Secondly, Batman wanted to stop the Joker. That is a specific task with a definite endpoint. The so-called War On Terror is not like that at all. The War On Terror is ill-defined, vague, and without any foreseeable endpoint. Don’t be fooled by the rhetoric; war is terror. With a perpetual state of war, there is no indication that governments would ever cease to avail of such a rich source of intel. So, unlike the faith we hold that Batman will use his device only to apprehend the Joker, it strikes me as entirely unlikely that any military or enforcement agency would relinquish their power in the same way.
Thirdly, neither Obama nor Harper are like Batman. As an idealized fictional superhero with a canon ranging from dark and gritty to bright and farcical, Batman sets an impossible standard to meet. That is a given. He is like a mythical hero, idolized by many. Leaders of state do not often achieve such unconditional approval ratings. Political scandals prevent the population from having a similar sense of faith in our leaders. Just look at the IRS’s alleged bias in targeting Republicans for financial scrutiny. Just look at the slew of scandals in Canada that mar Harper’s reign, especially the election fraud (a.k.a. the robocalls) and the Wright-Duffy expense scandal. The Harper Government already equates environmental activism with extremism, regarding it as a threat to national interests (read as “oil interests”). With such a wealth of personal data at their fingertips, we are supposed to believe that they won’t use it to gain political advantages? It seems fair to me to suspect such powerful figures would misuse the collected data. Since past behaviour is the best indicator of future behaviour, one can reasonably assume that our governments aren’t as trustworthy as Batman.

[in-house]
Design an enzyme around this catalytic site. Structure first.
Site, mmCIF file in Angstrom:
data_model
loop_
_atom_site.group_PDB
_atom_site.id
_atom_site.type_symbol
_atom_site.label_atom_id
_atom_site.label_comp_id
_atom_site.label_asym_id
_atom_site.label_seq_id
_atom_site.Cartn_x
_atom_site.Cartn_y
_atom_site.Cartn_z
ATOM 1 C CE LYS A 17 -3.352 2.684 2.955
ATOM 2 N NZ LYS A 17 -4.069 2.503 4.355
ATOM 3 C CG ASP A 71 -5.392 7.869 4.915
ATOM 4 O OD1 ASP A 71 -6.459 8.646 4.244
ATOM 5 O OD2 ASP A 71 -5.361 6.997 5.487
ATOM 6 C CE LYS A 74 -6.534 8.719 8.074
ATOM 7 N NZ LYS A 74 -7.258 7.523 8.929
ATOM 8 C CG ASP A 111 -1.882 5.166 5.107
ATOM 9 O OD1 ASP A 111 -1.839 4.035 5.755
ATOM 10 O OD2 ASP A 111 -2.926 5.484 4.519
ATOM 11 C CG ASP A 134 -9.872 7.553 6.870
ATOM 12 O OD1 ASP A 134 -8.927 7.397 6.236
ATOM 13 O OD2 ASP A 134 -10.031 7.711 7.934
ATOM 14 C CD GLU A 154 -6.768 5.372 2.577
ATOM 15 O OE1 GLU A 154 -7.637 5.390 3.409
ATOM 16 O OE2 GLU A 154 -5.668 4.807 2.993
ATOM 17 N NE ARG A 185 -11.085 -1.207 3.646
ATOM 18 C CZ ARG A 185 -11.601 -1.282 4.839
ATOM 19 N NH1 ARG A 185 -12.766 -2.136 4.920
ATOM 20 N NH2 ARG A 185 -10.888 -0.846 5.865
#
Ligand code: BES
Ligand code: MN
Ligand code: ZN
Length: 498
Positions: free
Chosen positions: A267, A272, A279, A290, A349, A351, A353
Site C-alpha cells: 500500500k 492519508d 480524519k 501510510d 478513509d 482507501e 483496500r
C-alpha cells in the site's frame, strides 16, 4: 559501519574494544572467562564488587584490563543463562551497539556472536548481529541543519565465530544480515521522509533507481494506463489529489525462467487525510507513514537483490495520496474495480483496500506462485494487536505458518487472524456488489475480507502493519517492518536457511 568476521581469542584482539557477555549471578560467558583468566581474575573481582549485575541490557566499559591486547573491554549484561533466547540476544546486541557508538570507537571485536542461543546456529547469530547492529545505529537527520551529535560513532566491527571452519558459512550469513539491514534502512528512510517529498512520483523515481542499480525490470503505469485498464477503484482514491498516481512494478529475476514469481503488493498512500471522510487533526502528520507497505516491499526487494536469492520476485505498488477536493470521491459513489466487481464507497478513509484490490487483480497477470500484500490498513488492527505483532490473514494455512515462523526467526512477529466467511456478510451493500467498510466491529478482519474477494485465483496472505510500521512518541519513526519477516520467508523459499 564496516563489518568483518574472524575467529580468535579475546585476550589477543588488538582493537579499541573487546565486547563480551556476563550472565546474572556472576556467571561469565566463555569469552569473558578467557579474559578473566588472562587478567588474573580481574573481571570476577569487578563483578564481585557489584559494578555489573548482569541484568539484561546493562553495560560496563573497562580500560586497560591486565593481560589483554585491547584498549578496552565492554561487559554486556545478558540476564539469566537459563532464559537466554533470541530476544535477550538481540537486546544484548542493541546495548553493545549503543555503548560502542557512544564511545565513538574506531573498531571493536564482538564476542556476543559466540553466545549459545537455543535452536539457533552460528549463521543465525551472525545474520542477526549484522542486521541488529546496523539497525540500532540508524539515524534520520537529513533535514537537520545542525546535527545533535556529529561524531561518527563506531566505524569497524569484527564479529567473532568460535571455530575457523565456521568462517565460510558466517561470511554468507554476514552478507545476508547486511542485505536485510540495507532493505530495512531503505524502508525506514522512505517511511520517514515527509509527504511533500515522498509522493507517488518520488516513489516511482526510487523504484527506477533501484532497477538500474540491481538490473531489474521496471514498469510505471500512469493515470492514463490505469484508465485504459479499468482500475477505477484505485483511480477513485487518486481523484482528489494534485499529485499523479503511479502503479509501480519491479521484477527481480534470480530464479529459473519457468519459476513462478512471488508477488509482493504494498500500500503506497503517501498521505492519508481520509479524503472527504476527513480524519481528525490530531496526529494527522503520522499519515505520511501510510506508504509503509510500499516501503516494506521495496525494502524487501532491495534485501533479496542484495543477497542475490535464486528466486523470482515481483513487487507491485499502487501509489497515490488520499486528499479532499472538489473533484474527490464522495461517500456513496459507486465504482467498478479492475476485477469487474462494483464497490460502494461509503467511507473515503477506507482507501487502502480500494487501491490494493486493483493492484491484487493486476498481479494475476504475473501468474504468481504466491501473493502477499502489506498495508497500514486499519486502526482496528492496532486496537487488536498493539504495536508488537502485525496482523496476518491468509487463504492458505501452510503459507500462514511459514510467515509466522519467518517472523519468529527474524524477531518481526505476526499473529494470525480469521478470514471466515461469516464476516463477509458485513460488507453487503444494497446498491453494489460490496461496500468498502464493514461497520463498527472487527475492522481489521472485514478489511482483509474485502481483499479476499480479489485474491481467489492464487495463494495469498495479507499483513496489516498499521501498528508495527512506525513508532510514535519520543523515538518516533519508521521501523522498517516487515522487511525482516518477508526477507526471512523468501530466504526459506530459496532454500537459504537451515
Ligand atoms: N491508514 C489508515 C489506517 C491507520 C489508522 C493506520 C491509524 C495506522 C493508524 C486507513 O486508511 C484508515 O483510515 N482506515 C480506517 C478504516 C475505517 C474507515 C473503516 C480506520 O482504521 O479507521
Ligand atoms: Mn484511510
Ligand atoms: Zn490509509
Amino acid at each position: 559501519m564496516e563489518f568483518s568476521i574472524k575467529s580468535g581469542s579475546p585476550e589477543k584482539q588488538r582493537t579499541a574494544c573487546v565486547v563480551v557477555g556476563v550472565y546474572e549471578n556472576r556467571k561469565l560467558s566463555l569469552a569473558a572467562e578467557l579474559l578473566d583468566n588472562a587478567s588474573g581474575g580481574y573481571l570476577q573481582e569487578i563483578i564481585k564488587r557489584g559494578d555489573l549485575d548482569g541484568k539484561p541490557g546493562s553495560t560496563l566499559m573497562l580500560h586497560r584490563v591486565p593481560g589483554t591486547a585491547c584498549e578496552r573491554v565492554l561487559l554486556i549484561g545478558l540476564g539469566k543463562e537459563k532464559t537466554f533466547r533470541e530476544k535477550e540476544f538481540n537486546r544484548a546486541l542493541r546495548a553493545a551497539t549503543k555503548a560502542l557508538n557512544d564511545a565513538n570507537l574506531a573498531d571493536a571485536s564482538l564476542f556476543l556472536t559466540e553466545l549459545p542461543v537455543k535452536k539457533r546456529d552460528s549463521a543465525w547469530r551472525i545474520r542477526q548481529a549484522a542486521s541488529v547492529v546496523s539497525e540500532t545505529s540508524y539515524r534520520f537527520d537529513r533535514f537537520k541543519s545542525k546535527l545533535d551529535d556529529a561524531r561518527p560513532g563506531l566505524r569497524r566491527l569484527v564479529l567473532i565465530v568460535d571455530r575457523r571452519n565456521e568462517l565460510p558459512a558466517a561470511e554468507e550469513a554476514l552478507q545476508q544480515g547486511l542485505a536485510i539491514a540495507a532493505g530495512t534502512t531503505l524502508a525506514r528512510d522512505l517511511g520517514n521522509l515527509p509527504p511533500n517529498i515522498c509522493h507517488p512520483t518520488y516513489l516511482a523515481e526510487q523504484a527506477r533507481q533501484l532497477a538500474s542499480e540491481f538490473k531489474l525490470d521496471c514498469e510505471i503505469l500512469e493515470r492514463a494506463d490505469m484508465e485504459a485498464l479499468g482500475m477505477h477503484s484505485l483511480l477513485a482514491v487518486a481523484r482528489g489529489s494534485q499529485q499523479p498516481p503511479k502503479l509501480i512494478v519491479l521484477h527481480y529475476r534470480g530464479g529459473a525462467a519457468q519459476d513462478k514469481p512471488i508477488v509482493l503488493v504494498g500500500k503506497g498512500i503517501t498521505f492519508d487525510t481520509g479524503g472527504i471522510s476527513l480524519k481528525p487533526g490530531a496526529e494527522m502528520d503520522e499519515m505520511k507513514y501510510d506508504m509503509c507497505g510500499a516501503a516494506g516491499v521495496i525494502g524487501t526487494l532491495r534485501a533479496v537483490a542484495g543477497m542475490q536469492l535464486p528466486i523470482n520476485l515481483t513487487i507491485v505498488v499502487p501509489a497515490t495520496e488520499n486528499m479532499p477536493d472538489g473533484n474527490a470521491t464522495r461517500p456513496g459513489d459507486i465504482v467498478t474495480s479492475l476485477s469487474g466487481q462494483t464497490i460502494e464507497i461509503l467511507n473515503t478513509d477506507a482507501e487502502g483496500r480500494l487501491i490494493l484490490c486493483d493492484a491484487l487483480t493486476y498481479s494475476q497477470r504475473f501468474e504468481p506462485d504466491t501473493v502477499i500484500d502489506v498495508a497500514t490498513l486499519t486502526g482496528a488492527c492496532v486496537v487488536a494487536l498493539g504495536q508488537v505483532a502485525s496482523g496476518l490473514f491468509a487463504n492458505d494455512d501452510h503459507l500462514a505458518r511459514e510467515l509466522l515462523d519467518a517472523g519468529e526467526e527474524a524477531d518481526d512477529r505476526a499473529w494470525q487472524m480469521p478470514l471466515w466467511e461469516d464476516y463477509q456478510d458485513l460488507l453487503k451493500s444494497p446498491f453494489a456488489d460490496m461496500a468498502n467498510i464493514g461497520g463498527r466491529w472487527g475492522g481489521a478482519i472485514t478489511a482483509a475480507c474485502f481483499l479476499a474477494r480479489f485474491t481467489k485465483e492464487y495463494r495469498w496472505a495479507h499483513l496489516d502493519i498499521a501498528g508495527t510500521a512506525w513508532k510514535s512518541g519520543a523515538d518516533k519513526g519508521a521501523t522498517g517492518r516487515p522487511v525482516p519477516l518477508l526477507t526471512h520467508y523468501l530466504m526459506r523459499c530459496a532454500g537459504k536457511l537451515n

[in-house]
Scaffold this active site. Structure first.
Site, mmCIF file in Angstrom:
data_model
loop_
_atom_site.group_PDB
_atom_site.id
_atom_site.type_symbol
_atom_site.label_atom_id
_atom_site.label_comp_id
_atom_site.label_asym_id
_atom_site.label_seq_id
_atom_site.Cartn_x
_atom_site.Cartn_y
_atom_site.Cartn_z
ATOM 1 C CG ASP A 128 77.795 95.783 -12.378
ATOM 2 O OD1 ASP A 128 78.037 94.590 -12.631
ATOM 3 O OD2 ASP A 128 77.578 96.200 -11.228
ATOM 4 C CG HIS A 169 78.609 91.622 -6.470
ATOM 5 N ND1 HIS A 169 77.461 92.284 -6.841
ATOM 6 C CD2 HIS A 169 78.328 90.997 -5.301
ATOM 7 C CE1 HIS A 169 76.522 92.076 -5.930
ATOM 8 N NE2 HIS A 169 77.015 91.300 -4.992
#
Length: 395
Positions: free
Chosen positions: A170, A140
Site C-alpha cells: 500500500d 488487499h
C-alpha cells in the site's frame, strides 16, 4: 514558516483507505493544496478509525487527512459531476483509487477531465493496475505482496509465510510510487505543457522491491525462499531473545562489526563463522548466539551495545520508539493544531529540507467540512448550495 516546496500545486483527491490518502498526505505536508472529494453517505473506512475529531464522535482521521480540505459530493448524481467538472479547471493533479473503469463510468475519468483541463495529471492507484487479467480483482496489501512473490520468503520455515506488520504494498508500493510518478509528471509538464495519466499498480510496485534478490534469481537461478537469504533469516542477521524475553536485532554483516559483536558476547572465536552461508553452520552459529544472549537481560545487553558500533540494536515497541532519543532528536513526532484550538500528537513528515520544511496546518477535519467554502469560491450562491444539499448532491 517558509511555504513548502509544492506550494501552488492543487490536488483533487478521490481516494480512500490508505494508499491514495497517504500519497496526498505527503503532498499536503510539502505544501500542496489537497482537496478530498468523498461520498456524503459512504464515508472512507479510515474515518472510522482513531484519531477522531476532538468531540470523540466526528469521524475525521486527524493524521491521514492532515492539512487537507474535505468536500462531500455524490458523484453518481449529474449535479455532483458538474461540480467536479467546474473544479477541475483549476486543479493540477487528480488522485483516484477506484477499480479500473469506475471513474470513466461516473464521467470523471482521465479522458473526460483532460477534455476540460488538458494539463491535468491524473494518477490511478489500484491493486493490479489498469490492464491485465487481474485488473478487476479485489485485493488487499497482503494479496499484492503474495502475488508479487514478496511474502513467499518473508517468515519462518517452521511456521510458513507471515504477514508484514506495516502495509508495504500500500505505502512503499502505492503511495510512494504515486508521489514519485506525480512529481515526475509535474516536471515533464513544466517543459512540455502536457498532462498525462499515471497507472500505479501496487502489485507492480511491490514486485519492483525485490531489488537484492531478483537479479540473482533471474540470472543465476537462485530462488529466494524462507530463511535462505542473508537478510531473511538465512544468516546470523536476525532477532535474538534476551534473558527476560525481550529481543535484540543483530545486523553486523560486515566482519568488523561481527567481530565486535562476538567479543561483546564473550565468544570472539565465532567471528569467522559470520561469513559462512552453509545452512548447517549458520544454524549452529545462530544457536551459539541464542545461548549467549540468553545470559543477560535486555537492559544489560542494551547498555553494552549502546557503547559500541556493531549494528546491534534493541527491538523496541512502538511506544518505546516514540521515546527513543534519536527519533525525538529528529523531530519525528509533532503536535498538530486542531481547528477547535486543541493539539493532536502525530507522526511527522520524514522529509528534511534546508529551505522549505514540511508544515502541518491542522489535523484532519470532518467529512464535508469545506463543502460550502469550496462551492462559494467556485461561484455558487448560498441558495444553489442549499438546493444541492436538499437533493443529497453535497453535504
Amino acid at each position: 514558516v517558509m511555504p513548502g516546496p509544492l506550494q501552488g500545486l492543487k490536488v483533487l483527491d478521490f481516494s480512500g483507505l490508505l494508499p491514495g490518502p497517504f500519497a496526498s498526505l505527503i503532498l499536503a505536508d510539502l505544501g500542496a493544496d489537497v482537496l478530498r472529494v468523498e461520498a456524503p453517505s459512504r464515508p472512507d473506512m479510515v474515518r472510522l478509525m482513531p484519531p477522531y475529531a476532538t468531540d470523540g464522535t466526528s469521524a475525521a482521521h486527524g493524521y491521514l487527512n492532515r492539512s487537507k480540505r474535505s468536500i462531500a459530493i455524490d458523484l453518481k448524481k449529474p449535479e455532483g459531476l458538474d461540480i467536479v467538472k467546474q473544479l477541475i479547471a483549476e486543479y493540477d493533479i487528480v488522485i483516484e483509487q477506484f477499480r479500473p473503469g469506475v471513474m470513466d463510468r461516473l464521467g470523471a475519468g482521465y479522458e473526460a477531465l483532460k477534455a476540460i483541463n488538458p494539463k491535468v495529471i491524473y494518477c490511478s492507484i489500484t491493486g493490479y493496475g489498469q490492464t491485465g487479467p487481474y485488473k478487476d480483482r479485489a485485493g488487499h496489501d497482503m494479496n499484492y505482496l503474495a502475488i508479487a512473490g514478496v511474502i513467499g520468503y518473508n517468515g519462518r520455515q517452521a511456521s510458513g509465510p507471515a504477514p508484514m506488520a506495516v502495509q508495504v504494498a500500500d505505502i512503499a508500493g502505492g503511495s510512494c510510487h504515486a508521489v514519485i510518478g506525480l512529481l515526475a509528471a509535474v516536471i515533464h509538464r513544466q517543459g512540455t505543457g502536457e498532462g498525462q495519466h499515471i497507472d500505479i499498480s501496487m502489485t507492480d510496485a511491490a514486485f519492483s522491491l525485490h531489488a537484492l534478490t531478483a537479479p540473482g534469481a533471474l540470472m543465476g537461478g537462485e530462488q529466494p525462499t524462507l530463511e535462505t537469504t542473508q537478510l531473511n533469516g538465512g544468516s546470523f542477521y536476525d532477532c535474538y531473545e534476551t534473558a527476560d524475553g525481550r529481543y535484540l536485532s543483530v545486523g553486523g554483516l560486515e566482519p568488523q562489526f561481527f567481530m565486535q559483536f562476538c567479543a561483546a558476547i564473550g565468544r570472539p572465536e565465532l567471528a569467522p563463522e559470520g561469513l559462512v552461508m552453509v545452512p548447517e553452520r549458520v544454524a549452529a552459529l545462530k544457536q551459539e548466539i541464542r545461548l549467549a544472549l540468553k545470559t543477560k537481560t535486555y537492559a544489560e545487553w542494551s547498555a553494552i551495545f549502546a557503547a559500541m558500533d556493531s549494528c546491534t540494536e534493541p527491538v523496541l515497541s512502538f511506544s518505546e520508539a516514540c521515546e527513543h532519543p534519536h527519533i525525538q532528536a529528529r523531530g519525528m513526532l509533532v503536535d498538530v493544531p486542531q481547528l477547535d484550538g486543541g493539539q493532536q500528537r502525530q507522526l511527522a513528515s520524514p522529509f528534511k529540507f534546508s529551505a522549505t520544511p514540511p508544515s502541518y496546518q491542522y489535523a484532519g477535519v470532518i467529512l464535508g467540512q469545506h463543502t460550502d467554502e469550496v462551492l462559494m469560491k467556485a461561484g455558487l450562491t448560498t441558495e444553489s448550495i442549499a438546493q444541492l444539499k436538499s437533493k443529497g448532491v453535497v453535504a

Following this rationale, concern about how governments will use this information is not merely some paranoid conspiracy theory; on the contrary, it seems a rather prudent line of thought. If world leaders were all as noble as Batman and terrorists were all as psychotic as the Joker, then this would be a simpler issue. But, it is not like that. The reality is far more complex. Leaders are often not saints, and “terrorists” are often seen as freedom fighters (you have seen Star Wars, right?). The real world is not as black and white as Gotham (nor Star Wars).
Now, discussing this very real issue in terms of how it relates to a Batman movie may be seen as diminishing the real importance of the issue. That is not what I intend to accomplish here. Instead, I hope to inspire audiences to consider real world events as they relate to the stories that are told. Not every tale is purely for entertainment; many storytellers communicate valuable lessons through metaphor, symbolism, and allegory.
For further material on why online spying conducted by governments should be a concern to everyday law-abiding folks please read Ian Brown’s piece in The Guardian or view this segment on DemocracyNow.org.